She spun on her heels, leaving him almost as soon as she'd surprised him.
"I notice I didn't catch your name," he taunted after her.
"I know you can do this for me," she replied as she closed the main door and left him alone.
Giles glared at the book like it might turn into a cobra and strike him. Within the protocols of the reading room, he was trapped with the damn thing. He couldn't just get up and leave it on the desk for anyone else to view. All books signed out had to be signed back in – even if she'd faked his signature – and he sensed that particular sheet would not be put in the head librarian's office in the next two hours to allow him to make an escape. He couldn't afford the fuss of a book of this nature being left unattended or going astray whilst technically in his possession.
Giles stood and paced a little, working through his thoughts. He'd assumed she had legitimate access to the reading room, but again, she might have just been resourceful? He'd assumed she was a member of staff but then again, might that not be the case? But no, she knew the distinctive procedures, she knew what materials he'd read from the regular library, and she'd gotten hold of that damn book for a start, even Giles didn't know where the Sensitive Collection material was physically stored. She'd known all about him, all about his academic probation, all about his 'specialist' knowledge. She'd known too damn much altogether.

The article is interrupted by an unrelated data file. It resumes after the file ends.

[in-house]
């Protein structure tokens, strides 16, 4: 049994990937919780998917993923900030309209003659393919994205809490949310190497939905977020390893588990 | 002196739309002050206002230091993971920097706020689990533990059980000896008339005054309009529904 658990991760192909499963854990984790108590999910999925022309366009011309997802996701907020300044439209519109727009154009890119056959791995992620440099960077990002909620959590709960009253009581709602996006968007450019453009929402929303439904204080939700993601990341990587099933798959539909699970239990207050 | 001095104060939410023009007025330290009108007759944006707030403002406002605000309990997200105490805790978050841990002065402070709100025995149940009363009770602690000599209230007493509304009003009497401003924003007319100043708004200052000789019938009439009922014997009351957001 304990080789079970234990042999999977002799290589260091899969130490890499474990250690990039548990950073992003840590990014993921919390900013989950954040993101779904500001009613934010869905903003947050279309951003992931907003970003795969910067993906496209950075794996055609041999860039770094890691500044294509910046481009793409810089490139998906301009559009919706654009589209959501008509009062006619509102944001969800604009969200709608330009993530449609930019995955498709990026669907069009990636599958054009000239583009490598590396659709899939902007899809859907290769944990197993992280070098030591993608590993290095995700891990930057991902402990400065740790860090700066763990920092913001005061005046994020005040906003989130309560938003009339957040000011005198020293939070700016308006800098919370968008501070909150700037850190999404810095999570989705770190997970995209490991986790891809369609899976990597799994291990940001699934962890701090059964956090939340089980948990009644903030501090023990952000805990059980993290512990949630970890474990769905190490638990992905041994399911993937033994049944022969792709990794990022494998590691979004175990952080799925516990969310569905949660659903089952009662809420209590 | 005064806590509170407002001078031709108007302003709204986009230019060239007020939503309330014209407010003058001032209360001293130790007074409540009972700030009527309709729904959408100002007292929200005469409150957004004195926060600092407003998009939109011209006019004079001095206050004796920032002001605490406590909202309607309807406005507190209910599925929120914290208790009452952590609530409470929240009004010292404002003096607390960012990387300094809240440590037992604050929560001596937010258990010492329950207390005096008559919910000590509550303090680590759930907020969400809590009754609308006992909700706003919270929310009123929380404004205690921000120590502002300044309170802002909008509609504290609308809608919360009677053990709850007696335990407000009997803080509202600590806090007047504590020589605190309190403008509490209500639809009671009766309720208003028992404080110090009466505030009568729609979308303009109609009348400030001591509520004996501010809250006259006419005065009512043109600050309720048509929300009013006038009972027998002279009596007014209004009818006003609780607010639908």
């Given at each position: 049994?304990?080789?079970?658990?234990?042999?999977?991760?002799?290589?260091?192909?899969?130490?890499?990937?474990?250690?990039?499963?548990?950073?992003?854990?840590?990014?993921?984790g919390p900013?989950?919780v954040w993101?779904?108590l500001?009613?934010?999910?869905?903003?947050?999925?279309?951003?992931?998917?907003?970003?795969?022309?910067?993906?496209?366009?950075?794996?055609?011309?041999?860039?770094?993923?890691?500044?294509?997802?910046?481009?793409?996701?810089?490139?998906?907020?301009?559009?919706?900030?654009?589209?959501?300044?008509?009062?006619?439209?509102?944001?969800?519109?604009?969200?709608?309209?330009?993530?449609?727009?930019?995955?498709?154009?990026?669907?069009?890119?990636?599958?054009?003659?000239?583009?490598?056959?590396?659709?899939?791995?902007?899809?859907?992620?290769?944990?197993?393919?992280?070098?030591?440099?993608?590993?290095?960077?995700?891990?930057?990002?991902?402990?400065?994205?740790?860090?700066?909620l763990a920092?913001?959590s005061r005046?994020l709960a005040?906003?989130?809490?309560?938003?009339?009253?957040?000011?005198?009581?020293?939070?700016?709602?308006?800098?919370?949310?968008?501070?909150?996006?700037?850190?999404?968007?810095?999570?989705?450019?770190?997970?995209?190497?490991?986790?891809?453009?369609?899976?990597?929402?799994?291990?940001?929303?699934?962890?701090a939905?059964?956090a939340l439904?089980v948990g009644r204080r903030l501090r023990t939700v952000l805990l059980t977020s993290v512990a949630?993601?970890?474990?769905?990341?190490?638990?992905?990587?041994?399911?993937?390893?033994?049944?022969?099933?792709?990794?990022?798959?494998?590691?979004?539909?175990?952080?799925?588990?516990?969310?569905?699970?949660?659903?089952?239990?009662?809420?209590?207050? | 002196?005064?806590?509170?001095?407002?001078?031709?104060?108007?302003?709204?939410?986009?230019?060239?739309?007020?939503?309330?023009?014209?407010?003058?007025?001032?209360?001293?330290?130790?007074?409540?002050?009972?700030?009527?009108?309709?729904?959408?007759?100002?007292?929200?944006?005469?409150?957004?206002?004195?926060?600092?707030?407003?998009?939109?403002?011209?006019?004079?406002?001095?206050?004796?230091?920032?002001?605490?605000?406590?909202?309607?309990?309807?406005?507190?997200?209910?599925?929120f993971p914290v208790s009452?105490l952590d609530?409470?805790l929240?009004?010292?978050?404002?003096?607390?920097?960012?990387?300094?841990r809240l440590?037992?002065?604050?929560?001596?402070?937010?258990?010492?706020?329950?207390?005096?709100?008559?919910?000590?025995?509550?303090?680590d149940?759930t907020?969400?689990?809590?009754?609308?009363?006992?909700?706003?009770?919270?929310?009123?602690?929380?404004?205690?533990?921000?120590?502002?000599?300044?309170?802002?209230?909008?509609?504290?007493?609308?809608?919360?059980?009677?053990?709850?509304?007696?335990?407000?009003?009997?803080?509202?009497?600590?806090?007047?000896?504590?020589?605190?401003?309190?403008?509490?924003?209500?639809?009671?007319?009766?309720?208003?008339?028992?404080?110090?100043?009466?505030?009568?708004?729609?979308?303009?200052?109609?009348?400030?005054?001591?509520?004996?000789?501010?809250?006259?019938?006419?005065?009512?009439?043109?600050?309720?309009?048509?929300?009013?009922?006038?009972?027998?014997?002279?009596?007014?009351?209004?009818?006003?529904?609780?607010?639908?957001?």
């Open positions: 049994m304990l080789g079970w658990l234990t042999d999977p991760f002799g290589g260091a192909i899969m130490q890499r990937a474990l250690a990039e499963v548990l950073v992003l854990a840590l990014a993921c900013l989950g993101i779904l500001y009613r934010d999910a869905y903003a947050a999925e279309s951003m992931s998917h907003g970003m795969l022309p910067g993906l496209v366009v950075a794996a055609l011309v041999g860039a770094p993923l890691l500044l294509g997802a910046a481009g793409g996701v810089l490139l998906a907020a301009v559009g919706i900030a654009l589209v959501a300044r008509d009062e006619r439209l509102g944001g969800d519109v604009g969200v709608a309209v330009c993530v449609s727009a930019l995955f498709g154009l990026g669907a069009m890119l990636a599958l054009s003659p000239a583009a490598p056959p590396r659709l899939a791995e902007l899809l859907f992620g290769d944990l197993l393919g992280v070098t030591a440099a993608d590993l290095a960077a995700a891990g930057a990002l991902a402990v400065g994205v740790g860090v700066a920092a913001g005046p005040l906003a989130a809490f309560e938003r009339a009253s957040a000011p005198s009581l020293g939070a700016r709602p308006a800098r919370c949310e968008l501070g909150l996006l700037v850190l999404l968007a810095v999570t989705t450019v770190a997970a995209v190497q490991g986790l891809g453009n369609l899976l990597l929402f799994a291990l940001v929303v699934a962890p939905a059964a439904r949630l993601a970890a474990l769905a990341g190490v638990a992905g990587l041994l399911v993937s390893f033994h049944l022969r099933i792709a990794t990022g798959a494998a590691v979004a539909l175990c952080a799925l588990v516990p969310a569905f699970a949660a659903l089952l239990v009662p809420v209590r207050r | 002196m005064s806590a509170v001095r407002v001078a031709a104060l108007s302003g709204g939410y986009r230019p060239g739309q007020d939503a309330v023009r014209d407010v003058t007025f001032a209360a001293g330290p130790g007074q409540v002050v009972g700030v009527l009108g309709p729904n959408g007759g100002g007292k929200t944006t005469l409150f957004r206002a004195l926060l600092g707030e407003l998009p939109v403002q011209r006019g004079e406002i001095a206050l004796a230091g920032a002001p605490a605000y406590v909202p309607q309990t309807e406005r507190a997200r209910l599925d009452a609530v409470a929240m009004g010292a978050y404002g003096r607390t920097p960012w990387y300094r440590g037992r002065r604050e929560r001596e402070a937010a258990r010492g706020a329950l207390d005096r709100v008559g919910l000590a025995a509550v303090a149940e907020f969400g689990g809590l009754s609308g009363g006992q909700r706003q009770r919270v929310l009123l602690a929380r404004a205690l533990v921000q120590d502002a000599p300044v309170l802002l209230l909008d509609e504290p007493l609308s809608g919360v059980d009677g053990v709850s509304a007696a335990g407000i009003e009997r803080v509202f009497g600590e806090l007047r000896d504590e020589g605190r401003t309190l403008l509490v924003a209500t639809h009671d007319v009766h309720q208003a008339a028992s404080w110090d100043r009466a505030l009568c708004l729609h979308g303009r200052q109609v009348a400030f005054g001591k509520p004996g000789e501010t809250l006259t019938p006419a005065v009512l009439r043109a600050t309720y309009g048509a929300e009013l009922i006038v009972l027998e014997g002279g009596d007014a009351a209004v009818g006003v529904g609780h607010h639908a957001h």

He sat back on his chair and slumped his chin on one hand on the desk. Had she mentioned Buffy, it would have been easier, because that was something he could have verified. He could have asked Buffy if she had sanctioned this approach and then castigated her soundly for it. But Buffy's name hadn't come up, and Giles wasn't about to look stupid by phoning her to ask. No, his best course of action was to ignore the book and resume his legitimate research interests. He picked up his fourteenth century nun again, and tried to rekindle the pleasure of losing himself in research but the words only swam meaninglessly past him. His pushy librarian friend had stung a victory when she'd argued the lack of a legitimate end product to his work. Sadly, he knew that identifying maybe three historical figures who might have been Slayers was of no interest to anyone. The Council of Watchers' Library had held all that information before it was destroyed and he could never hope to replace the wealth of knowledge that had been lost. Not that anyone but him cared these days. Intellectual curiosity or not, his work on the subject suddenly seemed completely futile.
Damn, in the end, she was right and there was really only one thing he could do. One research project being very like another, Giles lifted the volume of prophecies onto the book-rest in front of him and turned to the bookmarked section. After all, what was the worst that could happen?